It sounds as though the adults are placing the cause of all their unhappiness in life on the stepson and if he weren't there then all it would be happy and wonderful again................

KristinaM Sun 16-Mar-08 21:43:46

Your sister sounds like a wonderful person, to try and help this little boy. reactive attachment disorder is one of the most difficult problems to work/live with - in fact most consultant psychiatrists will not even take referals for children with RAD shock or even conduct disorder. sadly there are very few specialist services here in the UK

It must be quite hard for you to judge the siutaion when you are over two hours away and (i assuem ) that you dont see them much. i also am assuming that you have never lived with a child with RAD.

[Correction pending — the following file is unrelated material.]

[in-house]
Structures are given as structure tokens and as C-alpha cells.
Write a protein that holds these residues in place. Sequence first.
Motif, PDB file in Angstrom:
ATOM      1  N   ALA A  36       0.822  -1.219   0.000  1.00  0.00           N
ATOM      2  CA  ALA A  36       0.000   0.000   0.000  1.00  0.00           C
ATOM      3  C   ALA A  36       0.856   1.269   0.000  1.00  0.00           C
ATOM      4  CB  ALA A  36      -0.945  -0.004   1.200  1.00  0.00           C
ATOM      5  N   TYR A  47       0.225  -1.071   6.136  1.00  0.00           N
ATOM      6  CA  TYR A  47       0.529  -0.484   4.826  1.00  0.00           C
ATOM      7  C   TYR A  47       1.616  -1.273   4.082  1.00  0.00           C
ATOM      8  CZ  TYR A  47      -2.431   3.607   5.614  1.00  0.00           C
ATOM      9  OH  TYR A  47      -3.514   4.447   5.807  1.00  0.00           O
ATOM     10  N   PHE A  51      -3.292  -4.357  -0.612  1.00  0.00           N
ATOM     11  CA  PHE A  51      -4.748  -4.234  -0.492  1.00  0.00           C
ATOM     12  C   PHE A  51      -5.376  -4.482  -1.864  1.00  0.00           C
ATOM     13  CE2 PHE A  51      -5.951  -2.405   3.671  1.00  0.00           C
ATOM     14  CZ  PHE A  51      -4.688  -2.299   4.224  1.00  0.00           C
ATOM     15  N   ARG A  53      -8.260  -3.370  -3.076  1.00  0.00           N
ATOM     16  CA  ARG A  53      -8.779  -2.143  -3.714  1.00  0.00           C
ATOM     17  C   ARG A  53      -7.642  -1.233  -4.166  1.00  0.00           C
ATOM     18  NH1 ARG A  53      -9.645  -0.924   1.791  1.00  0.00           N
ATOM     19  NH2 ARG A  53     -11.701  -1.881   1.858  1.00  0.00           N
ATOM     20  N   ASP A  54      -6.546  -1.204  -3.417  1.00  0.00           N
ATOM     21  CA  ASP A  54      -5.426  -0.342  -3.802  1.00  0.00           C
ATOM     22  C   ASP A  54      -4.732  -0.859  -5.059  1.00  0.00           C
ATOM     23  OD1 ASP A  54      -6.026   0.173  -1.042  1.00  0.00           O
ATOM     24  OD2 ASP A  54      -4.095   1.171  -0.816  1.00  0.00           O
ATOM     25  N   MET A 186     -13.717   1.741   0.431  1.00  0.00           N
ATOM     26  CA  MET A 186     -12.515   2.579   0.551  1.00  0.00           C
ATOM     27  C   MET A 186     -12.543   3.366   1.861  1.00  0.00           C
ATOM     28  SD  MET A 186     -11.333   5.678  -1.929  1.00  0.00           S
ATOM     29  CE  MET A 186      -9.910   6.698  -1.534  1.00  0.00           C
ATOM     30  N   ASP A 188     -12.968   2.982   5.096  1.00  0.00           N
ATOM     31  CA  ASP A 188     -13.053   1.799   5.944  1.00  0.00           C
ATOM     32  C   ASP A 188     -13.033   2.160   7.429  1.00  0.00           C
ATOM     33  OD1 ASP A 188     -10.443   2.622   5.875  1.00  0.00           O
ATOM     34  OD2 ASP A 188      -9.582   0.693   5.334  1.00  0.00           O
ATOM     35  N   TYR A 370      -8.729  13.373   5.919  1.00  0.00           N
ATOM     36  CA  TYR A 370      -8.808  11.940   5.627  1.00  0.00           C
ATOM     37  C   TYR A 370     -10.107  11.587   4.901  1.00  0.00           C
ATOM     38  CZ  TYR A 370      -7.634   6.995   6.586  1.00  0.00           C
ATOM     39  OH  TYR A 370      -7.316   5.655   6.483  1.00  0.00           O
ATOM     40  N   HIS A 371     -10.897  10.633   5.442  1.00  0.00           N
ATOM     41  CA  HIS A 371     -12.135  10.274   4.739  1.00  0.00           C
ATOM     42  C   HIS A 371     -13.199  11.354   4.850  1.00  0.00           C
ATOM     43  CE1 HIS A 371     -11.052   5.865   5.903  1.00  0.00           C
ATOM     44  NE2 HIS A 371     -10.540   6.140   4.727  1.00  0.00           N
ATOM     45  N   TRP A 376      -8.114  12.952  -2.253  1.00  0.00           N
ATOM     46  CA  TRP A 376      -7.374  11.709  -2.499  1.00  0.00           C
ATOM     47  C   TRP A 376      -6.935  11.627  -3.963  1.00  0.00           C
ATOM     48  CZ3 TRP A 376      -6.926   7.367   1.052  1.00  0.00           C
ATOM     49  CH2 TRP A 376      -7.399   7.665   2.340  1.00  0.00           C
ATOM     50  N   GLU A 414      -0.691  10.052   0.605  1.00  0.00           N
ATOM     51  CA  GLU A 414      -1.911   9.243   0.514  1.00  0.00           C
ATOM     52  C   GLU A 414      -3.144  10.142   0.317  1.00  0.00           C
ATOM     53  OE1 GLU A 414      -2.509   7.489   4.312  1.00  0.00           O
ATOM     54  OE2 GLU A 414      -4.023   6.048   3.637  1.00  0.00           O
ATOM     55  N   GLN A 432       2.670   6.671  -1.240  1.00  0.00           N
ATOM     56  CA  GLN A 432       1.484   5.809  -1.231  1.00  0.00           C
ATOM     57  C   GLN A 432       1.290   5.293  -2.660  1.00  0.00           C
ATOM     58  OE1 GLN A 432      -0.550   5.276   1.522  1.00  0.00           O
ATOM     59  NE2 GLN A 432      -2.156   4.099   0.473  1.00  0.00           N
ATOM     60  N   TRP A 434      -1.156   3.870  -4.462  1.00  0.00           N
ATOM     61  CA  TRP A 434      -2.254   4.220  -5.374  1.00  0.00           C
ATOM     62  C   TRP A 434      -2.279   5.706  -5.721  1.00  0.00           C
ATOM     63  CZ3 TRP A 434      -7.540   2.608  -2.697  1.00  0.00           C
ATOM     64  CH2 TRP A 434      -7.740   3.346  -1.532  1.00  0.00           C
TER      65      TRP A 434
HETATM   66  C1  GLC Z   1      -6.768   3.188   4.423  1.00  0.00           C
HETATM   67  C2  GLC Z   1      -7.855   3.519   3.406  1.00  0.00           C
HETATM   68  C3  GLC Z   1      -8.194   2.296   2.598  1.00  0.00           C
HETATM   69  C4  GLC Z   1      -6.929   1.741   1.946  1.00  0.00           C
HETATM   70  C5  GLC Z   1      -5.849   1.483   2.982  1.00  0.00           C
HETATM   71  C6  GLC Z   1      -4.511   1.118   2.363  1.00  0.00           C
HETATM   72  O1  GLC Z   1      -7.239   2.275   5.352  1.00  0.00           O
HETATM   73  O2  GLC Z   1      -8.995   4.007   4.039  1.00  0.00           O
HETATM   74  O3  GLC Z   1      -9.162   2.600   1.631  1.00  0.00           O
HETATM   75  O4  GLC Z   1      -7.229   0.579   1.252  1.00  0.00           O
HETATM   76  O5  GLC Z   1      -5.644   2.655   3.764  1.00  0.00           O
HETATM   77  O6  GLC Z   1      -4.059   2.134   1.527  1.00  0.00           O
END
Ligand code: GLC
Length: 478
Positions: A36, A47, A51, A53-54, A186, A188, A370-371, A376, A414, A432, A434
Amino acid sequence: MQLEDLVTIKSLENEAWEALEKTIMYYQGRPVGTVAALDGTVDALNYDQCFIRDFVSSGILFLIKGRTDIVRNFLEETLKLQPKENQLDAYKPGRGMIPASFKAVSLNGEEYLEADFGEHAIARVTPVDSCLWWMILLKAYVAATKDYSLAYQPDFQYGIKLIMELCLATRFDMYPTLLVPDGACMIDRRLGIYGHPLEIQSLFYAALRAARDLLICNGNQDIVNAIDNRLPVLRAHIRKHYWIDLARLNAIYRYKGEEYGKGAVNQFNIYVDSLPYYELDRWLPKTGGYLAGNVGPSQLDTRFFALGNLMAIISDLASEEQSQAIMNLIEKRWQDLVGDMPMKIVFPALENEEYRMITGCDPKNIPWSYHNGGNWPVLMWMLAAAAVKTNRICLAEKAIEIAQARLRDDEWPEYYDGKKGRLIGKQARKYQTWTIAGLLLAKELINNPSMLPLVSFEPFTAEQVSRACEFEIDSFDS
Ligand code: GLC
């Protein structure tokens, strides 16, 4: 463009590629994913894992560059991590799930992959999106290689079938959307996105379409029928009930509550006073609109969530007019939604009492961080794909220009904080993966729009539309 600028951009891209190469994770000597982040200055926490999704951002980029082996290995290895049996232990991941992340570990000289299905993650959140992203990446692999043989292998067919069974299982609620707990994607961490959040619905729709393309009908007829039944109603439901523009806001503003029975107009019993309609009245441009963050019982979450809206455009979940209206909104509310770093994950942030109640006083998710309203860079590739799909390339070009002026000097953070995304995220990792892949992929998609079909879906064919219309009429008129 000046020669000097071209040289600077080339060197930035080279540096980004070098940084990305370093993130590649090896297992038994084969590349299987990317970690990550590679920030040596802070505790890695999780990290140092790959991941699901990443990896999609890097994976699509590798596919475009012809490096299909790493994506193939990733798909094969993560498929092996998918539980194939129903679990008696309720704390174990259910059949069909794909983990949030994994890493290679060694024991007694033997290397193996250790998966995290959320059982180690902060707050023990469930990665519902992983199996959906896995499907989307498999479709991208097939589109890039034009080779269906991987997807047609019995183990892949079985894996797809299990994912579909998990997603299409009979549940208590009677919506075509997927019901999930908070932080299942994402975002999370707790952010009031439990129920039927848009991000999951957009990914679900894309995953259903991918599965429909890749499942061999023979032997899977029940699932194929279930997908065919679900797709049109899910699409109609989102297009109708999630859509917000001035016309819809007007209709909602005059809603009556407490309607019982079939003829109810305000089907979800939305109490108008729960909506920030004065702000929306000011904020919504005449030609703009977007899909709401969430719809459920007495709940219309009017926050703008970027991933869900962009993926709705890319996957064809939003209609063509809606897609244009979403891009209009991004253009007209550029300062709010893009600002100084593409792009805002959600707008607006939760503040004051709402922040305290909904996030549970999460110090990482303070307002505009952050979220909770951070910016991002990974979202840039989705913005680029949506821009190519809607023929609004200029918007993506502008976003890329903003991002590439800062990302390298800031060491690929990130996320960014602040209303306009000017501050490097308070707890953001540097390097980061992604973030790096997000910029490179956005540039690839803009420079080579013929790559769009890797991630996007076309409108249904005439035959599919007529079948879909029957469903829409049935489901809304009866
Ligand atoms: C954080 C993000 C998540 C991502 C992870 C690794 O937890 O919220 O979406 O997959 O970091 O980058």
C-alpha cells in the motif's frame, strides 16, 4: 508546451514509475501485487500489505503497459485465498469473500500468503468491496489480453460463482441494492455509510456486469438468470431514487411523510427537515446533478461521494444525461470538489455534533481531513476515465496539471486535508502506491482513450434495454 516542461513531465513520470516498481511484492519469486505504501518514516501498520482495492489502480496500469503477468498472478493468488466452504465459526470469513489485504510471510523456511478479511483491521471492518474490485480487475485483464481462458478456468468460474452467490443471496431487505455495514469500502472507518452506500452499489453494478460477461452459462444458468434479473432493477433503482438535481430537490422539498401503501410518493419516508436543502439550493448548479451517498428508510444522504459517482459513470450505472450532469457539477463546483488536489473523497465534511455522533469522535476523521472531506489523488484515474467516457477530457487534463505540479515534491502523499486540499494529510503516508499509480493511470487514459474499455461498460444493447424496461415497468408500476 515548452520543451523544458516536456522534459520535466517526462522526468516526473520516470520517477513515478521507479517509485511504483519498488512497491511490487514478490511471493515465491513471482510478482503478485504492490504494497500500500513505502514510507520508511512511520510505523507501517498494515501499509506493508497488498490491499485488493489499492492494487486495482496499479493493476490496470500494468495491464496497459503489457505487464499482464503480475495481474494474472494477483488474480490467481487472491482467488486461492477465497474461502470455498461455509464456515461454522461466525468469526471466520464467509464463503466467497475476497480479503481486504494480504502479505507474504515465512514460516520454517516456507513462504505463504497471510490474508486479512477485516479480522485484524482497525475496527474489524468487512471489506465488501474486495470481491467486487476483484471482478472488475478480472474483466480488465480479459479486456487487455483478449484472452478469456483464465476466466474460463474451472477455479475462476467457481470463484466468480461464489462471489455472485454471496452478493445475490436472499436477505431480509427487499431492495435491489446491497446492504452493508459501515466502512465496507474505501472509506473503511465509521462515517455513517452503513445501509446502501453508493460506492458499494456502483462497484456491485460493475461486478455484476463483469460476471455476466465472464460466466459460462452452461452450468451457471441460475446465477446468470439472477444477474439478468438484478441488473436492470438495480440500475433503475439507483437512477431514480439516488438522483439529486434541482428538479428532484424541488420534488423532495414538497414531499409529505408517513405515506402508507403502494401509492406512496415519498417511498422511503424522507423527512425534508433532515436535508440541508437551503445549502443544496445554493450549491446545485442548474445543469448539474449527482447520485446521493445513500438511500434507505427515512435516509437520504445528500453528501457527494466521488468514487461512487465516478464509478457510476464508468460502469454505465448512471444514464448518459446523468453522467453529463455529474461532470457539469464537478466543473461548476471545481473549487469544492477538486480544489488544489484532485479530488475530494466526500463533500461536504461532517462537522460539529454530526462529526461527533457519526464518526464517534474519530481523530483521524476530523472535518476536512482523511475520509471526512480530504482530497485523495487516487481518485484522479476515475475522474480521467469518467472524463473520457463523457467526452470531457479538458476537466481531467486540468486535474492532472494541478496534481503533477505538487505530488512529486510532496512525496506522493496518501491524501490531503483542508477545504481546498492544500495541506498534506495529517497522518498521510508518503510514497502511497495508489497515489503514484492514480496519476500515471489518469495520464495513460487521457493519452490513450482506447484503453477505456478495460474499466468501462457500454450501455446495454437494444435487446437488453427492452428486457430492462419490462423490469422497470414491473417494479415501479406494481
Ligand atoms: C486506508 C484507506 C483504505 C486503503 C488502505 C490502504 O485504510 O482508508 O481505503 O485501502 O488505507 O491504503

It sounds to me that your sister is very very stresed about this and is on the edge of giving up (i am not surprised). Given this, i think that any well meaning advice or opinions you might offer would just make things worse for her.

She is absolutely right - the wrong type of help for a child with RAD makes things worse. She needs help and support from family and frineds who are willing to " get with the programme".

Do you think your parenst could be persuaded to work with her to help her DSS, rather than doing their own thing with him?

Perhaps you could offer her soem practical support too - 2 hours is not too far to , say, babysit once or twice a month????

blueshoes Sun 16-Mar-08 21:45:15